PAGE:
Comment by John Newman — January 16, 2006 @ 9:05 am
  12. No, actually, I think things are about as good as they are going to get without a new frontier for development that creates competition. I think that, of every country I have ever seen, in two decades of travelling and living outside the United States, I have yet to see a country I would rather live in, when all things are considered. That does not mean it’s my ideal. I have never yet said I think things are good, or that we don’t have authoritarian problems, or that the USA isn’t seeing abuses of power. Or that it is as intended by the men who founded this country.

    I do believe some change can be effected by politics, which is not just electing people to office and sending them off to Washington to be captured by the system.

    Honestly, the extreme solution has two problems. First, there is no support for it. Second, there is no group of people in existence today like existed during the American Revolution. Historically speaking, nearly every revolutionary change of government ends up worse than the situation that we wanted to replace. Do you suppose that folks might not have overthrown the Czar if they had realized what Lenin, Stalin and Trotsky would bring to Russia? Think it through. Look at the outcome of the French Revolution, which is a more likely model for revolutionary change. In fact, aside from the American Revolution, just about every other revolutionary change in the past 230 years has followed the model of the French Revolution.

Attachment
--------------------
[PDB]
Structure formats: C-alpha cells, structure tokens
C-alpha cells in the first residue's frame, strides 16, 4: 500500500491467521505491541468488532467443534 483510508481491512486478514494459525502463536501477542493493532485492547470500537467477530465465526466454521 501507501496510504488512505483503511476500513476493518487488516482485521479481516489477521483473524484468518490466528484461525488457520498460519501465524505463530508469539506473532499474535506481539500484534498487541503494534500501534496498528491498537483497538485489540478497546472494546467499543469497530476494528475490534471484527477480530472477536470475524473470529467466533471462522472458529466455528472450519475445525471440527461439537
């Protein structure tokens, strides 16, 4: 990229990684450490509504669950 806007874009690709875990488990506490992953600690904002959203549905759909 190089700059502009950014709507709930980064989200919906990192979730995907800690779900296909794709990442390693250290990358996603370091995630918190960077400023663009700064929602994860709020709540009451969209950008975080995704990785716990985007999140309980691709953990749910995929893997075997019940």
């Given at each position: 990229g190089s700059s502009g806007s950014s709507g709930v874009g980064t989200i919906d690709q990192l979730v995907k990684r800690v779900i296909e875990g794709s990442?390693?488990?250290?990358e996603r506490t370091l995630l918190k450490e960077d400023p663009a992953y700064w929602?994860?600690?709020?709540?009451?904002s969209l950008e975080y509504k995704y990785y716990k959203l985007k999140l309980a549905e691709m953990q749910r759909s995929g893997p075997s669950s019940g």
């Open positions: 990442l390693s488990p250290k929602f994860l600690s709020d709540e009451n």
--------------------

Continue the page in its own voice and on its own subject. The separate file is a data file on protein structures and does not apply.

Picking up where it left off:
Would you prefer incremental change? Or the guillotine and the Terror, followed by the enlightened despot and a real police state?